^^

for

^^

^
3lit "field",

which

also occur occasionally later.

5.

ORTHOGRAPHY.

C.

PURELY PHONETIC ORTHOGRAPHY. 60

62.

23

Since the syllabic signs employed in these writings 60*. 40, originally ideograms, the were, according to

pronunciation
is

is

added to them
^~
WTX

in the
is

same way.
written,
tvn,

It
:

mostly the
.Hiumii

final
*.

consonant which
mr,

e. g.

ms,

mn,

hr,

-^*

&c.

But

in

many

cases the initial consonant also

is

written (and such syllabic signs are thereby

dist:

inguished from the real ideograms,

cf.

56)

e. g.

As a rare writing note that of the


i^
*

syllabic sign

>X n which the phonetic value is indicated by means of another frequently recurring
nrv:
^

sign for nw.

few syllabic signs moreover are

often also 61*.

employed without phonetic addition, thus

e. g.

^\

t'irv,

To^

fc?,

ATJ",

^
s:?,

nrv

those derived from sub51.


(I

stantives then receive a stroke according to

Note the writing of the words


and
is to *
In

mm

and

sl3:
AAAAAA

62.

0^\

I]

mn-i, s3-i, in

which the subjoined

be inserted within the syllabic sign.*


according to Sethe.

24

5.

OBTHOGKAPHY.
d.

d. ABBREVIATIONS.

63.

64.

ABBKEVIATIONS.

63.

Since the Egyptian writing was naturally intended only for such as were familiar with the language, the

Egyptians omitted much as dispensable, which seemed


to

them

self-evident.

therefore which

grammatical changes take place within a word are left


plur. of

Almost

all

unindicated,

e. g. Jimrvt

JJ Jimt
\
-I

"woman"

is

written

JJ

oilil

(that

is

without indication of the n>\

But further, the grammatical endings are also often omitted, where it is supposed that the reader himself
will perceive

them from the connection: l<cn>r$ 2T


I
I

ji

for the plural sr(w} "princes",

JJ

^z

for Jimt nb[t]

"every
64.

woman"
is

&c.

Further with

many

phonetically written words a

consonant

regularly or often omitted. Note especi-

ally the frequently


Ci

used words:
9

for Iff
(j

"father", n

for
v

sms "follow",
for tvsr "desolate

for Iht "thing",

^K

^J

for

rmt "man",

JQ
f\

for

htm "to

seal",

AAAAAA

for hCp "Nile",


for

ft

for inr "stone",

hrd

"child",

for ptr "see", for Ck3 "correct


J J
7

for smt "land",

',

5.

ORTHOGRAPHY,

d.

ABBREVIATIONS.

65

67.

25

for df3 "food",

fl
I

fl
I

J\

for shsh "walk, run",

&c.
A. Belonging to the earliest period, but sometimes occurring
later also, are:

for

[1

it

"father",

<H>

for (I

ifI "be-

longing to",also n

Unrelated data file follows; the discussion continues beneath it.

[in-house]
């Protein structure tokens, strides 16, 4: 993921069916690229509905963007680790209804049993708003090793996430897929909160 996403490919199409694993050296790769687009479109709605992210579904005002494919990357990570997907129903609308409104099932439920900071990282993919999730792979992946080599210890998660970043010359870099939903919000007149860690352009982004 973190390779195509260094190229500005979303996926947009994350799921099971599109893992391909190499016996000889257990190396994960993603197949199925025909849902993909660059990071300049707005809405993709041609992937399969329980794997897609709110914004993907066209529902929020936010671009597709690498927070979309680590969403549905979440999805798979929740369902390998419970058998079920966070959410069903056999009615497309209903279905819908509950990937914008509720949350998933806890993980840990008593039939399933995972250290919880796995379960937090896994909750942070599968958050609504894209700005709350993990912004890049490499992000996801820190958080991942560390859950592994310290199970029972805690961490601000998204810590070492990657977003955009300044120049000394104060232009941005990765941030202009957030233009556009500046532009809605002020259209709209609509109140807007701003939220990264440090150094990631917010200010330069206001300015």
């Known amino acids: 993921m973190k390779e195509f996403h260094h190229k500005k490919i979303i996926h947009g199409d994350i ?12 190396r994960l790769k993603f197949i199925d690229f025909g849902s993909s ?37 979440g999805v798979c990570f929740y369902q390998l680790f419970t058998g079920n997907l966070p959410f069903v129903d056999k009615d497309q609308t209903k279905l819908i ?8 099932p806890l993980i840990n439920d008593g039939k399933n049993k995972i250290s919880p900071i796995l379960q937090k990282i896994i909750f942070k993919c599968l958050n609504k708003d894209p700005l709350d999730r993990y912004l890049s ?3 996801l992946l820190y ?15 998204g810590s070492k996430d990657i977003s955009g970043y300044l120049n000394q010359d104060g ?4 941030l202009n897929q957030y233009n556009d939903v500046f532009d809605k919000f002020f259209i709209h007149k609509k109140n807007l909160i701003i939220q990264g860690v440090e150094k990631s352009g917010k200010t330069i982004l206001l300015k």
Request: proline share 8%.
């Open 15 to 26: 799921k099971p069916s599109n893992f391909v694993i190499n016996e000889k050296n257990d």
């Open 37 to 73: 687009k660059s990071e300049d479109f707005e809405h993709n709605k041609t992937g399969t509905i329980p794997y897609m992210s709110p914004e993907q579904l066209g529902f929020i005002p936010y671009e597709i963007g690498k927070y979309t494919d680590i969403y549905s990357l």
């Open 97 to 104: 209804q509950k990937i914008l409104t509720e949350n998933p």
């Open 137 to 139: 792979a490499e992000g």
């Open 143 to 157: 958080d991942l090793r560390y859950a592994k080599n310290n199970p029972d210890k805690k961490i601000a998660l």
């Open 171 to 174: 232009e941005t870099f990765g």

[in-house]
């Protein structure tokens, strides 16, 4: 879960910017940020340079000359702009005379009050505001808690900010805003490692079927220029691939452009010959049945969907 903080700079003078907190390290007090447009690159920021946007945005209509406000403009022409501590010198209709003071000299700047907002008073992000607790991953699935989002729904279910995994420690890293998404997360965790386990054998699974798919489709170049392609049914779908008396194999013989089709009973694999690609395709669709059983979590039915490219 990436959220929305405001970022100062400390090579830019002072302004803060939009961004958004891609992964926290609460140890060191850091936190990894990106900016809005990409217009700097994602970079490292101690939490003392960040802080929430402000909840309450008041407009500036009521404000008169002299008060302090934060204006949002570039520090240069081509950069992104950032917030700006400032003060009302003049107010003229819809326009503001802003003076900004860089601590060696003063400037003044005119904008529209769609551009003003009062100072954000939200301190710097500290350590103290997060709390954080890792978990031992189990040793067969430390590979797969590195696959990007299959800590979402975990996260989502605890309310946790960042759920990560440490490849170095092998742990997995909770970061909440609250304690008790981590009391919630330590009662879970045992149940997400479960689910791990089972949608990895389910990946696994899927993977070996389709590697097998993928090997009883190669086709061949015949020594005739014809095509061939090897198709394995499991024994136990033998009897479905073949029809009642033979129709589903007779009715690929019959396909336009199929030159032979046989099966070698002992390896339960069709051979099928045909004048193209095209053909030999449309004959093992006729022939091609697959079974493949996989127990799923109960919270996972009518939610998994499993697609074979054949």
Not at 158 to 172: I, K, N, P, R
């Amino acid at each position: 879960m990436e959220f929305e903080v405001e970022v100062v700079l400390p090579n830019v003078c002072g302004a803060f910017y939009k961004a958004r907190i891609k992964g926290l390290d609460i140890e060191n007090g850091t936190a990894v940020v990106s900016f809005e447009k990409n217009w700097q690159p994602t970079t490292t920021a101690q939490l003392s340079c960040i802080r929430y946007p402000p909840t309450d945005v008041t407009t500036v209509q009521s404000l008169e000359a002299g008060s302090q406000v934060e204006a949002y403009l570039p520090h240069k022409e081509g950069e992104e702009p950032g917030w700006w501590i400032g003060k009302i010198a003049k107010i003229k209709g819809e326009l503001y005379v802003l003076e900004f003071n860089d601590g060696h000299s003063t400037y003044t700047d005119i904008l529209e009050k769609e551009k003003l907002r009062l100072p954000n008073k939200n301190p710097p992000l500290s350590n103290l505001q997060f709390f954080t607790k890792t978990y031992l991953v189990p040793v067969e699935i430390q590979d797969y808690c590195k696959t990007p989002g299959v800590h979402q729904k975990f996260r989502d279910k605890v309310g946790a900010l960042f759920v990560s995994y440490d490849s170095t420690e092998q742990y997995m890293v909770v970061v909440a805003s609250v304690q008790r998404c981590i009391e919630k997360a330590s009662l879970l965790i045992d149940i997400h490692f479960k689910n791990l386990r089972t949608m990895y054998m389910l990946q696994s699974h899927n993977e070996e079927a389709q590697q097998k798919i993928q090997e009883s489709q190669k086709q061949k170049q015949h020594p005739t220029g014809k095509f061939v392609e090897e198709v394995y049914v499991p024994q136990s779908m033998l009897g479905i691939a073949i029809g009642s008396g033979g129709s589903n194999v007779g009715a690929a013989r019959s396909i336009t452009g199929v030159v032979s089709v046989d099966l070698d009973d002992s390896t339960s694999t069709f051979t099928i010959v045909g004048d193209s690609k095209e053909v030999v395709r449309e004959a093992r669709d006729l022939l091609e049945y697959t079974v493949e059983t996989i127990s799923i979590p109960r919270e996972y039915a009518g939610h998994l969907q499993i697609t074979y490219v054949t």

^^"

for

[1

%> *^T~

Iwf

"flesh".

Here belong also the cases where only its second consonant is added to a triliteral ideogram in violation
of
55, e. g.
:

65.

T
^
*

for

AAAAAA
"?

stn "king of

upper Egypt".

"?
f

A
3
r\
I

for
f r

"k
z3

v\ M:?

"to reign",

"o
i)

oD A
u
I

''^ "offering",

for

<=> wsr

"strong",

(j

for s^m^

"name of a goddess", &c.


titles

In frequently used
arbitrary
"prince",

and formulae,
like:
<

still

more
jiCfi

66.

abbreviations

occur,

*=^

f or

for rpQ'i "hereditary prince", the beneI

diction nr
1

&

for Cnh

wd3 snb

"living, hale, healthy",

?O A

for nhh "eternity".

Further, the old divine names, titles &c., which 67.


are written with only an ideogram are abbreviations,
like:

^X T

rvp rv3rvt

"opener of ways" (a divine name);

26

6.

INVERSION OF THE ORDER OF WORDS./. UNUSUAL STYLES. 68

70.

hCrvf-RC
i

"his

68.

diadems are those of ReC" (royal name) &c. Finally, a word which is obvious from the connection, is very often so abbreviated that only its deter-

minative
n

is
/VAAAA

inserted,
11

e. g.

;ys

for
n

_IJTA
o
_

k3t "labor",
*\
,-.

n
1

for

^p^

nht "strong",

for
(j

v\

trvt

"statue" &c.

(For the most important cases

cf.

the

table of signs).
e.

INVERSION OP THE ORDER OF WORDS.


formulae, names &c. words which desig-

*69.

In

titles,

nate the king or a god are inserted in the writing before the others belonging thereto; in reading, the
correct order

must of course be

restored,

e. g.

sin "son of the king",

hn-ntr "servant of the god, priest",

Si 1 {

hn-ntr Hkt "priest of the goddess ffkt",


"like ReC".

OQ
/.

ml RC

UNUSUAL STYLES OF ORTHOGRAPHY.


e.

70.

Since the m.

there developed along with th(

usual writing, a syllabic orthography, which nevertheless was only used for the writing of foreign words,